I think the first step is caring enough to ask that question. We’ve had some very candid conversations about what diversity means to us at Capterra, and ultimately landed on the truth that we want to attract and retain the very best talent. We care about diversity -- not for appearances, but because we can achieve our talent goal by being inclusive.

With that clear, there are some things we’re doing at Capterra that I think lots of software companies can improve upon to find a diverse candidate pool. We’re making more specific, proactive efforts to let wider networks of people know about opportunities at Capterra. We’re also working internally to make sure every employee feels valued and understands how to progress within the organization. And best of all—it’s not driven by me, it’s being driven by our employees here. I just create the space, permission and support to allow my colleagues to help us live our values.

You’ve worked in a wide variety of roles throughout your career (consulting, operations, marketing, product, etc.). Which roles are most critical to a software company’s success? What new roles/responsibilities have you seen evolve that software companies need to pay more attention to?

For me, it’s all about product marketing. Does your product actually solve a problem that buyers care about? Does the experience of working with your software solve truly the problem they have? Are you thinking about ways to differentiate from the competition through your entire offering (e.g.: sales, customer support, onboarding, marketing), not just your software product? If you run a customer-focused software organization, you stand a much better chance of getting it right.

Every company, regardless of industry or vertical focus, claims to have a “great culture” or a “strong value system.” What about Capterra’s culture attracted you to this position? How do you plan to continue to build the culture at Capterra? What can software executives do to ensure culture is a reality, rather than just words on a website?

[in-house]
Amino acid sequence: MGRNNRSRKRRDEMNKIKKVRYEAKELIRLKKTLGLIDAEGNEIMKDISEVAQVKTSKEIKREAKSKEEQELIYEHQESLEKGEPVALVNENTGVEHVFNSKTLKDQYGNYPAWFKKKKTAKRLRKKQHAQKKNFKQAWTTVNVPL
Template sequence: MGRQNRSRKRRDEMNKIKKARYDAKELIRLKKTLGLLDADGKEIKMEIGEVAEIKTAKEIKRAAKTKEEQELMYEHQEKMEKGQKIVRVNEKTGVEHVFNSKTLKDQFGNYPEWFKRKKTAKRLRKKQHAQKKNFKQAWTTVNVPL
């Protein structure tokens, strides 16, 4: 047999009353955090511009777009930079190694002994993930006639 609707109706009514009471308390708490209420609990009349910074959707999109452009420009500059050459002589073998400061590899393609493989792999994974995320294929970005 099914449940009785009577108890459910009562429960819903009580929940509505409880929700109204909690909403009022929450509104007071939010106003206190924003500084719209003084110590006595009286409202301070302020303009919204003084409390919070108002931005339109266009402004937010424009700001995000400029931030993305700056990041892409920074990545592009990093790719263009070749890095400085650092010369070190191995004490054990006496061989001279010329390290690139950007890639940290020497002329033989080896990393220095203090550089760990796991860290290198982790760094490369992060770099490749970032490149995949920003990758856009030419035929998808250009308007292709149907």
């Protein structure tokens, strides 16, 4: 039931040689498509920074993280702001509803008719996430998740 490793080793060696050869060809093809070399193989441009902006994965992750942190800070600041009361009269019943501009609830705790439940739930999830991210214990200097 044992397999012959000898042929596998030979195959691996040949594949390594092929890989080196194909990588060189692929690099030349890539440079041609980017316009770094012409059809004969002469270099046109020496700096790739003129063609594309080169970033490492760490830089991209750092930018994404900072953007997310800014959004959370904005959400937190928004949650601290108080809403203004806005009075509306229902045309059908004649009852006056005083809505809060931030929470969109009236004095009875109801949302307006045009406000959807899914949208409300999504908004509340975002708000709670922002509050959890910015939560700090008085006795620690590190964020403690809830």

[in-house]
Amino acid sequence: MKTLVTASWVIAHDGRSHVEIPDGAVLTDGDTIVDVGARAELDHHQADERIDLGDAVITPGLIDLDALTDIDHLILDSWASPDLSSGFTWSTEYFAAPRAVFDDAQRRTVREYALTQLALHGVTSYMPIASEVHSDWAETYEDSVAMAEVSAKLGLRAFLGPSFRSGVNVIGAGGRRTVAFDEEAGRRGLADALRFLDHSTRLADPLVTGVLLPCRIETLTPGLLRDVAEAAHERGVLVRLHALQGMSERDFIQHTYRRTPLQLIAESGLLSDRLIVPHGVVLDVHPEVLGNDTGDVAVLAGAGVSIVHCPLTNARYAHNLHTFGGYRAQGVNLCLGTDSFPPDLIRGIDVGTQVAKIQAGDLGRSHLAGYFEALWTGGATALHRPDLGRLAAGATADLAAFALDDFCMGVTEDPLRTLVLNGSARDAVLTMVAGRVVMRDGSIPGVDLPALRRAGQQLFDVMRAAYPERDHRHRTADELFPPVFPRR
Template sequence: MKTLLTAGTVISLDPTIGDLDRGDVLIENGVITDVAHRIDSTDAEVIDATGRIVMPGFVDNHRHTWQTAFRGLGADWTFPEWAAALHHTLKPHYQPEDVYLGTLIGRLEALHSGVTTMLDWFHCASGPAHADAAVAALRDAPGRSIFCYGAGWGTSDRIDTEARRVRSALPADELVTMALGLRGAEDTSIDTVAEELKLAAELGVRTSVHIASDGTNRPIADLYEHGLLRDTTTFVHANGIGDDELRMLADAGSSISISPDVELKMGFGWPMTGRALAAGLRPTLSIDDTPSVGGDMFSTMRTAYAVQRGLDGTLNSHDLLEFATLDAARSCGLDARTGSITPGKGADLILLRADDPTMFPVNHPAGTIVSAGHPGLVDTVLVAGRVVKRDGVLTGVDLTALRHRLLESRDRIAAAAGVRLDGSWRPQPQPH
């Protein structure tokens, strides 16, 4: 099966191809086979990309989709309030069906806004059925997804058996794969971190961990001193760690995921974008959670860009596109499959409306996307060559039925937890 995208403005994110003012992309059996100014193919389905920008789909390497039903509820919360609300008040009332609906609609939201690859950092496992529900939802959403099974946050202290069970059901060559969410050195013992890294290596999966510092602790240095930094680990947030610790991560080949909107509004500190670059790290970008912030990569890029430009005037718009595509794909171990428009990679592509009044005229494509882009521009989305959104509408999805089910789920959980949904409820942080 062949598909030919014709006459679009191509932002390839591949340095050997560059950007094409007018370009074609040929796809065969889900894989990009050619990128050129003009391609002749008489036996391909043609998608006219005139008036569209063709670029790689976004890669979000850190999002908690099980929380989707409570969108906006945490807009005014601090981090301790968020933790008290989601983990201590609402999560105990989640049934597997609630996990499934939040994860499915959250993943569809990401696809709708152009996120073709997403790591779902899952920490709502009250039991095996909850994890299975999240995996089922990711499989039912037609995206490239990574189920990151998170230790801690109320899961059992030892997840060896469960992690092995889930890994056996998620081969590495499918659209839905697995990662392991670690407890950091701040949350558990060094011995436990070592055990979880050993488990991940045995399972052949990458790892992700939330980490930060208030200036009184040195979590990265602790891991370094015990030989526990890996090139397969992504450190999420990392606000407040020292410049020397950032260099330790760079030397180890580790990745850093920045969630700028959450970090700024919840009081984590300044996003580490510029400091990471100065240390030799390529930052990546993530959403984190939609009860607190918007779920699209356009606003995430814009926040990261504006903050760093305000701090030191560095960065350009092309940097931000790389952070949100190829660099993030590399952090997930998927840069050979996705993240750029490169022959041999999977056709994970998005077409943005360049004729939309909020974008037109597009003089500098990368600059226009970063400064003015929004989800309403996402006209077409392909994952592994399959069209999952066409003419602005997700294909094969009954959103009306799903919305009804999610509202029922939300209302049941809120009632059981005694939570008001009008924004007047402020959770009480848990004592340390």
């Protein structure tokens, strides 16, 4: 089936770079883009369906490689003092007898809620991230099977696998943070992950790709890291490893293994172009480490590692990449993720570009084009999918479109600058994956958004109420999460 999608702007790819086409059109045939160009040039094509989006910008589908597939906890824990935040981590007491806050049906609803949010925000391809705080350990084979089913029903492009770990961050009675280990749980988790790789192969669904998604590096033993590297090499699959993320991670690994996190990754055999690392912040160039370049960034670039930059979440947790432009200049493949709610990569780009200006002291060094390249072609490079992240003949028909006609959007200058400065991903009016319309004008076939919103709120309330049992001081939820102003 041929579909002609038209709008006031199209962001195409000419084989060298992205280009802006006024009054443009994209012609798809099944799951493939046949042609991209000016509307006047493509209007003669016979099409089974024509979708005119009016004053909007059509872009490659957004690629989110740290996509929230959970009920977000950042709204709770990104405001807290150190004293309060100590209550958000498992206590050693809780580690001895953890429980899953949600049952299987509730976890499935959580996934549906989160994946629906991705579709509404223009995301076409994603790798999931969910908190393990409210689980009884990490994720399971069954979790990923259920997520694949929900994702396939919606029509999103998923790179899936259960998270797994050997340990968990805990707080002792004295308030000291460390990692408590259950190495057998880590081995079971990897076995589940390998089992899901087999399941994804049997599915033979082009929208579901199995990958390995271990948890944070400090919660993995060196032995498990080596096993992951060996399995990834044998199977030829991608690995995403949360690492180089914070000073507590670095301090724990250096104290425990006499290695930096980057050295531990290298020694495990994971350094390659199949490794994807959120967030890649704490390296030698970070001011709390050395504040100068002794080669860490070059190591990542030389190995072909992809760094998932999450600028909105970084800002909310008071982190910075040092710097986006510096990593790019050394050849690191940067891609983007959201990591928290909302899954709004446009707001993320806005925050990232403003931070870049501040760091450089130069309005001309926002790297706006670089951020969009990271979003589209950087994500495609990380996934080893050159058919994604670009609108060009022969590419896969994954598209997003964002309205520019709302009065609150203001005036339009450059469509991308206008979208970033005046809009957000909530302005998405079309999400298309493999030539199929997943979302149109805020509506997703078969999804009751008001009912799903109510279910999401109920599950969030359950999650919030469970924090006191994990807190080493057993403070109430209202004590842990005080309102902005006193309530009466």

That’s so true!

I was initially attracted to Capterra because of the values on our “Team” page -- do great work, keep getting better, seek the good, and be ridiculously helpful. I fell in love with the company after witnessing those values in action during my interviewing process; they are very in line with my personal values. For me, authenticity is everything.

In the same way that we are what we eat, our culture comes from how we act. And of course, whomever is at the helm sets a very strong example.

I think leaders need to take a good, objective look at what they personally value. If those values are out of line with the organization, there’s probably going to be trouble. Similarly, if everyone claims to value the same things, but aren’t acting in ways that reflect that truth, then leadership needs to address that discrepancy head on.


Claire Alexander is the new General Manager of Capterra. She brings nearly two decades of experience in digital strategy, new product development, and go-to-market leadership across the media, clean tech, education tech and advertising tech industries. At Capterra she oversees all day-to-day operations and leads the strategic vision for the organization. Alexander is a graduate of Harvard College and the Stanford Graduate School of Business. She is passionate about learning, the great outdoors, and building organizations through best practices and collaboration. Alexander resides with her family in Washington, DC.